The Formation of Christendom

The Formation of Christendom

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In a lucid history of what used to be termed "the Dark Ages," Judith Herrin outlines the origins of Europe from the end of late antiquity to the coronation of Charlemagne. She shows that the clash between nascent Islam and stubburn Byzantium was the central contest that allowed "Europe" to develop, and she thereby places the rise of the West in its true Mediterranean context. Her inquiry centers on the notion of "Christendom." Instead of taking medieval beliefs for granted or separating theology from politics, she treats the faith as a material force. In a path-breaking account of the arguments over Christian doctrine, she shows how the northern sphere of the Roman world divided into two distinct and self-conscious imperial units, as the Arabs swept through the southern regions. One of the most interesting strands of the author's argument concerns religious art and iconoclasm. Her book shows how the impact of Islam's Judaic ban on graven images precipitated both the iconoclast crisis in Constantinople and the West's unique commitment to pictorial narrative, as justified by Pope Gregory the more

Product details

  • Paperback | 560 pages
  • 152.4 x 233.68 x 35.56mm | 703.06g
  • Princeton University Press
  • New Jersey, United States
  • English
  • Reprint
  • 3 maps
  • 0691008310
  • 9780691008318
  • 861,742

Review quote

Judith Herrin, Winner of the 2016 Dr A.H. Heineken Prize, Royal Netherlands Academy of Arts and Sciences "The main argument of Judith Herrin's The Formation of Christendom is that what she calls the 'initial particularity' of Europe is to be sought in the period between the fourth and the ninth centuries... Herrins's scholarship is unerring, her scope is wide and her style fluent... The treatment of the so-called iconoclastic controversy, the dispute over the veneration of images in Christian worship which convulsed the Byzantine world in the eighth century, is sparkling... Debate about where modern Europe came from ... will be enriched by this civilized and accomplished book."--The Economist "... Herrin follows some magnificent themes with the lucid dispassion of a good detective."--Thomas D'Evelyn, The Christian Science Monitor "It is [the] binding together of distant past and immediate present which makes Judith Herrin's scholarship so exciting: she can convince the reader that the roots of Western distinctiveness really do lead all the way to forgotten episcopal meetings in small towns in Asia Minor in the fourth century."--Michael Ignatieff, The Observer "...a learned, challenging, and gracefully written interpretation of the transition from antiquity to the Middle Ages."--Robert L. Wilken, Commonweal "Judith Herrin has produced an ambitious, learned, lucid, and instructive book."--Alexander Murray, The Times Literary Supplement " will no longer be possible to hop from pagan antiquity to Carolingian Europe as if nothing had happened in between. Judith Herrin has laid her sheet of paper over the map of that 'dark' age and rubbed and rubbed until the rich web of connections and cracks has shown through."--Marina Warner, The Independent "This is a serious and powerful book...a grand synthesis on a scale few people would dare now to attempt, ranging across diverse societies with considerable assurance."--Christopher J. Wickham, The International History Reviewshow more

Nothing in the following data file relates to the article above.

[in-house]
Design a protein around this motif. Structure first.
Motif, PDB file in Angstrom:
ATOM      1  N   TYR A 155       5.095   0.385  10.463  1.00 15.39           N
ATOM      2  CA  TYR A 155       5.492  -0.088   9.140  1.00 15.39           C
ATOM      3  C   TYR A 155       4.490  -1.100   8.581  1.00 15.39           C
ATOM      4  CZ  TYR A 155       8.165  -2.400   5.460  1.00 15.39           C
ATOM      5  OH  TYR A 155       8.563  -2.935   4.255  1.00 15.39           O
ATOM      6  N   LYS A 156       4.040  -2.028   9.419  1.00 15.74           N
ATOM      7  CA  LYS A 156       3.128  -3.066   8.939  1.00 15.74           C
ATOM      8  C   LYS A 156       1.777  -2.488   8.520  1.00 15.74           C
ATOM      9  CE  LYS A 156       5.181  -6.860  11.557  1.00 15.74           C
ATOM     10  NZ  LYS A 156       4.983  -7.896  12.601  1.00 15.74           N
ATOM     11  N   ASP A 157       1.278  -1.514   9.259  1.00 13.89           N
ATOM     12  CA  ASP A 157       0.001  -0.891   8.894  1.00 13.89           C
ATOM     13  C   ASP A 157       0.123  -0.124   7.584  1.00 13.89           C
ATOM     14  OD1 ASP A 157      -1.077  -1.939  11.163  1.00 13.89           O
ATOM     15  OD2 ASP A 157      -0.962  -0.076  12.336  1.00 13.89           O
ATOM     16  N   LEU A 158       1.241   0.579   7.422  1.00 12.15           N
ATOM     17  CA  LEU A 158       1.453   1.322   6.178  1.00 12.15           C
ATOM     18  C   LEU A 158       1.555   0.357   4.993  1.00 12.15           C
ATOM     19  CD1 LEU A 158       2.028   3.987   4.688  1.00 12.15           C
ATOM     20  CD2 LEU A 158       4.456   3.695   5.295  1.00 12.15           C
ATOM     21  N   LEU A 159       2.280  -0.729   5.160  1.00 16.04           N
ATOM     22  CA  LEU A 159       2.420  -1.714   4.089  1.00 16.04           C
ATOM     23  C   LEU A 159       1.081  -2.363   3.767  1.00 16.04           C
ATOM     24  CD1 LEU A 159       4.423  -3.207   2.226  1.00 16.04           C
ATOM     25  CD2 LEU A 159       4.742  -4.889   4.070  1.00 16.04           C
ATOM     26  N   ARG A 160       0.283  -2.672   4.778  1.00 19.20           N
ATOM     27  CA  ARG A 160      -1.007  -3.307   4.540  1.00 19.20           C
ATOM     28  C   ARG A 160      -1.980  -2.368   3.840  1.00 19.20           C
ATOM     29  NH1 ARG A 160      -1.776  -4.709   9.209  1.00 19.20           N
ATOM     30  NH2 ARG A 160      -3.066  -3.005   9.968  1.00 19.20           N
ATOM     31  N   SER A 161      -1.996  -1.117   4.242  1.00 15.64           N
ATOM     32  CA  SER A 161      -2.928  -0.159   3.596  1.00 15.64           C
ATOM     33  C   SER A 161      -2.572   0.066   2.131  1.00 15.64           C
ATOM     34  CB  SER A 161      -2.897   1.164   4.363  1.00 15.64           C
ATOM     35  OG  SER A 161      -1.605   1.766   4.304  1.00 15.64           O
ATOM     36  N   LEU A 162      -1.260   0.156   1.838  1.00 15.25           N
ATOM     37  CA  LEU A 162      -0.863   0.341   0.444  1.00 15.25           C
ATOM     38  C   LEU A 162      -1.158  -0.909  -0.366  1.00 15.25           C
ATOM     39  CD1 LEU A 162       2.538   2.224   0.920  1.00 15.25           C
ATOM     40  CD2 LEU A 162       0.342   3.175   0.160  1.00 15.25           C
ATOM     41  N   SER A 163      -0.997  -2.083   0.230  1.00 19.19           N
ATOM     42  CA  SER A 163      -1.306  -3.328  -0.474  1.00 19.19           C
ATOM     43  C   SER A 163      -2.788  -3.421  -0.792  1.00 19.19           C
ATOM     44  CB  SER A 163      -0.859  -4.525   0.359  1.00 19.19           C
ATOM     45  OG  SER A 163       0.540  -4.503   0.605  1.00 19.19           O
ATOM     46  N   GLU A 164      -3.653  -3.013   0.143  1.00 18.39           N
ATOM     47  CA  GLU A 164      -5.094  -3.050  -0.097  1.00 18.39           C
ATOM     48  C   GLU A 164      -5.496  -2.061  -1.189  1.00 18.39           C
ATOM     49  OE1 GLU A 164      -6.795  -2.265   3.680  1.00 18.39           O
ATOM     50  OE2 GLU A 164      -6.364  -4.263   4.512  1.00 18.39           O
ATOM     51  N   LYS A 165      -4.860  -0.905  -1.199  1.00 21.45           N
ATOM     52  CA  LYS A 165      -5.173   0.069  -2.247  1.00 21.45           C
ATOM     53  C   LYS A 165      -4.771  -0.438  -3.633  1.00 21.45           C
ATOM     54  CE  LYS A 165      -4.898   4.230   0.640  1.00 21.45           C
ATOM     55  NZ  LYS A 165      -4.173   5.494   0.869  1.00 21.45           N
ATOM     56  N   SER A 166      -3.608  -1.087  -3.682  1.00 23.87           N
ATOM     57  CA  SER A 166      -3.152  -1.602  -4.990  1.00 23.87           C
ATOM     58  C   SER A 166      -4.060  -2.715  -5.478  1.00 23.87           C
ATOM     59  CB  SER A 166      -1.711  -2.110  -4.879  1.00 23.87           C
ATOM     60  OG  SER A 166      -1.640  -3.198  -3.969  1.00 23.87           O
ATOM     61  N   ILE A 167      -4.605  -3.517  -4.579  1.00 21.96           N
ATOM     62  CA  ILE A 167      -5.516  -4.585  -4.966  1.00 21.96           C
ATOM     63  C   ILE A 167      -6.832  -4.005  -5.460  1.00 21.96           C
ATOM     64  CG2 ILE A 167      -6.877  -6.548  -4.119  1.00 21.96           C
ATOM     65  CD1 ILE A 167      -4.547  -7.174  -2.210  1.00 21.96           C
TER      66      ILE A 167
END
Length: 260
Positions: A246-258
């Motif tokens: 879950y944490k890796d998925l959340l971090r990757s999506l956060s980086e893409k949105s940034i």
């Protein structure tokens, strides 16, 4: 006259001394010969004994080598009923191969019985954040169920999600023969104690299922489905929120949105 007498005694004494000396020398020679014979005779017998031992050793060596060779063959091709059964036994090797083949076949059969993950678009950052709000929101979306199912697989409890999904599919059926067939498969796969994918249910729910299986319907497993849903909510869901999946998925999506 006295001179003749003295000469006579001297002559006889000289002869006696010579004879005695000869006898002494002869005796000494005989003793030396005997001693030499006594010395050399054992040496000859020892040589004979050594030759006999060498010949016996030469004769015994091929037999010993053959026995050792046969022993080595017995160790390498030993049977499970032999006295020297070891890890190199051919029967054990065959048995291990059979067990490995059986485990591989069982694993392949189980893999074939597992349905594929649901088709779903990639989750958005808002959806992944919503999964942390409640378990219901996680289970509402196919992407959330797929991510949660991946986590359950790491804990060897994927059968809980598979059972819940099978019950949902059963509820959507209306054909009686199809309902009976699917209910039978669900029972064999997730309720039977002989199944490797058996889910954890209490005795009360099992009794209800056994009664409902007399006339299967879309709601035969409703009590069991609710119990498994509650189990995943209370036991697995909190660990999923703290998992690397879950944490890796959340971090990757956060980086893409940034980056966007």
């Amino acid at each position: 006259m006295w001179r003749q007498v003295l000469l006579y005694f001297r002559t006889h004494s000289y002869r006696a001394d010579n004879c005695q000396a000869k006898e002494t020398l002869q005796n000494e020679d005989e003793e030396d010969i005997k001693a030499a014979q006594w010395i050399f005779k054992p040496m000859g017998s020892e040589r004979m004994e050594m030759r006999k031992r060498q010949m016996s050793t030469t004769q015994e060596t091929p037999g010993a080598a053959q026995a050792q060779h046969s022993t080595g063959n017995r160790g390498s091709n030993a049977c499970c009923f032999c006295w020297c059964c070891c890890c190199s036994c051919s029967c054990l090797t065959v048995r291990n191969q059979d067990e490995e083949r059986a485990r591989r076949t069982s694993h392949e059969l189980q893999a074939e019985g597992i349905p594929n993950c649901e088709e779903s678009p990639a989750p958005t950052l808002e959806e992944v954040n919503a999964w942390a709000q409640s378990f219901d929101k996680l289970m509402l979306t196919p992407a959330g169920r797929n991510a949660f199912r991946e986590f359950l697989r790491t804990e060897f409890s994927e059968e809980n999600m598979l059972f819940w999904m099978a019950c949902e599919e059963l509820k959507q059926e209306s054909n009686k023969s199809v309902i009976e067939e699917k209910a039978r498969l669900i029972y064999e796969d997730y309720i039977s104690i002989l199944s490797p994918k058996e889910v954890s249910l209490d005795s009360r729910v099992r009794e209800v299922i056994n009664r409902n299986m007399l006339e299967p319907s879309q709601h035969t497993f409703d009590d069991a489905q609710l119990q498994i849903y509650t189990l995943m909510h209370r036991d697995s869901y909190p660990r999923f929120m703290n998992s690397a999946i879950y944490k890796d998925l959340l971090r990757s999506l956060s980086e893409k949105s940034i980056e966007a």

Table of contents

List of Plates xiii Acknowledgements ix Introduction 3 PART I. LATE ANTIQUITY 1. Romans and Non-Romans 15 2. Christian Influence in Late Antique Culture 19 3. The Culture in the Sixth Century: The Council of 533 90 PART II. FROM CHRISTIAN SCHISM TO DIVISION 129 Introduction to Part II 133 4. The Acheivment of Gregory the Great 145 5. Byzantium Confronted by Islam 183 6. The Visigothic Alternative 220 7. The Roots of Christian Disunity, 649-92 250 PART III. THE THREE HEIRS OF ROME 291 Introduction to Part III 295 8. Eastern Iconoclasm: Islamic and Byzantine 307 9. Divergent Paths 344 10. The Carolingian Innovation 390 11. The Two Emperors of Christendom 445 12. Conclusion 477 Afterword 481 Abbreviatons 489 Index 493show more
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